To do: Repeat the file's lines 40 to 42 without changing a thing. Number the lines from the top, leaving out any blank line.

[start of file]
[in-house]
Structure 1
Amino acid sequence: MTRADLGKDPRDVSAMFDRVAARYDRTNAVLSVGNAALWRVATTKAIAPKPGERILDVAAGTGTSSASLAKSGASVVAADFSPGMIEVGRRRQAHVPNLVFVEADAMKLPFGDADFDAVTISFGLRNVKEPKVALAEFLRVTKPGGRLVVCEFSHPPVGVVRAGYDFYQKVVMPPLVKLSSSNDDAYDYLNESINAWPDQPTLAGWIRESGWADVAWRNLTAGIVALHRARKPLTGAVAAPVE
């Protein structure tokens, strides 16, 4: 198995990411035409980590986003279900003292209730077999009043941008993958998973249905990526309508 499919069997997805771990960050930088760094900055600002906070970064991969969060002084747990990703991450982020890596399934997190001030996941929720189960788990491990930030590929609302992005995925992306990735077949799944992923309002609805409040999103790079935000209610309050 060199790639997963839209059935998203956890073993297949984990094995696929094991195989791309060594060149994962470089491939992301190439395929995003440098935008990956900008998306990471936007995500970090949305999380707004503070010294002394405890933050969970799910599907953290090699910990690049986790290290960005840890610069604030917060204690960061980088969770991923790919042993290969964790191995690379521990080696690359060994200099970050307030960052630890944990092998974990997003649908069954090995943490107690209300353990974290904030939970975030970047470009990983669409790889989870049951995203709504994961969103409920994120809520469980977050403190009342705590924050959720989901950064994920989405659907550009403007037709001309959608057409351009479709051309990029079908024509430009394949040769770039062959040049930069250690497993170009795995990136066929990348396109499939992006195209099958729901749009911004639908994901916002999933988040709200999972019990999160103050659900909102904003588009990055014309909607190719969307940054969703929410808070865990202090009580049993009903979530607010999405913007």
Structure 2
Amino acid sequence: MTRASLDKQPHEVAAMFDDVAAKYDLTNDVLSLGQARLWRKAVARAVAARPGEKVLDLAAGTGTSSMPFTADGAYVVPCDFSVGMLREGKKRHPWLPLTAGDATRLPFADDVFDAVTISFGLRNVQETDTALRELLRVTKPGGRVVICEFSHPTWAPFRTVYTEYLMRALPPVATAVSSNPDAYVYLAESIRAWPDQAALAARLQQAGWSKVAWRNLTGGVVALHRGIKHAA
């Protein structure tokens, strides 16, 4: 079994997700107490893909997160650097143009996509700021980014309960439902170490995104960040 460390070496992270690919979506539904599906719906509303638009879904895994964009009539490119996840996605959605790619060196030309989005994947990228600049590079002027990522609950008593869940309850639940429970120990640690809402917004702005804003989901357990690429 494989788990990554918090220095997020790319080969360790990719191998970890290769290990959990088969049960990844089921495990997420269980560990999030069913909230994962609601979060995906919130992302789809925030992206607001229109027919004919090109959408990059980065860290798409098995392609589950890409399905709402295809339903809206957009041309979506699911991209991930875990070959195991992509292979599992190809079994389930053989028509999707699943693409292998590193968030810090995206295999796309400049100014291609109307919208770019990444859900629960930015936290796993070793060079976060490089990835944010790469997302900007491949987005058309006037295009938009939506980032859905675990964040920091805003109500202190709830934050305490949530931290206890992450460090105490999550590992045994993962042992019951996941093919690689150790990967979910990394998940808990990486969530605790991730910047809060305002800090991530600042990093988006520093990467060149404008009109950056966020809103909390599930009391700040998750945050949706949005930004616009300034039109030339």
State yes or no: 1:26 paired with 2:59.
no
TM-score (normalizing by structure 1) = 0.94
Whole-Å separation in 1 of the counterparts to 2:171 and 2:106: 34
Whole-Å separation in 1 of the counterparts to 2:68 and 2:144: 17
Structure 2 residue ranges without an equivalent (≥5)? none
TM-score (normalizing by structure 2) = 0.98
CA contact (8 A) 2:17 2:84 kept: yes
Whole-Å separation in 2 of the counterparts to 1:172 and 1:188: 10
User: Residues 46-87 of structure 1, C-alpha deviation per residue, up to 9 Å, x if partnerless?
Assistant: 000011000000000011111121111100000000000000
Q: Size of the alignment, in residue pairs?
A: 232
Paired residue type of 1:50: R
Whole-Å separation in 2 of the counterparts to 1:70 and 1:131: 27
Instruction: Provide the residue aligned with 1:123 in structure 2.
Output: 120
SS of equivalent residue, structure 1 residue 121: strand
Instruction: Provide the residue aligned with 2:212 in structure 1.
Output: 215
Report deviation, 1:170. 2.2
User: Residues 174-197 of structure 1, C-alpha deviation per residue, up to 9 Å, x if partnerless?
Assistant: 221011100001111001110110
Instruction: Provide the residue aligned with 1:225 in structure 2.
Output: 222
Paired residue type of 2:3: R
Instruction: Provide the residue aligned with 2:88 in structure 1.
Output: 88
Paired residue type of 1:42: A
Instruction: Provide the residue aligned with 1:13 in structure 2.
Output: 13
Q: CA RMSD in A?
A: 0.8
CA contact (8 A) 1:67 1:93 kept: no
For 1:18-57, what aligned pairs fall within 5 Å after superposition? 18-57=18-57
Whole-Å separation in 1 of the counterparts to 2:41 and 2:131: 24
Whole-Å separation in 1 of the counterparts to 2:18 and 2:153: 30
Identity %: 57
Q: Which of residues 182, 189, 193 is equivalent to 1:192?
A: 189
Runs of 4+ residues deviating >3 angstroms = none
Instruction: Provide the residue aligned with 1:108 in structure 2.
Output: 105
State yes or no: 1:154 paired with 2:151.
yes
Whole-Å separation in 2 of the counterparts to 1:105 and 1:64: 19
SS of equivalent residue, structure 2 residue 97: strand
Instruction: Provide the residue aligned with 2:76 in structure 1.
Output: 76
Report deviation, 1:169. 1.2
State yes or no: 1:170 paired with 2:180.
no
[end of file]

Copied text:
A: 0.8
CA contact (8 A) 1:67 1:93 kept: no
For 1:18-57, what aligned pairs fall within 5 Å after superposition? 18-57=18-57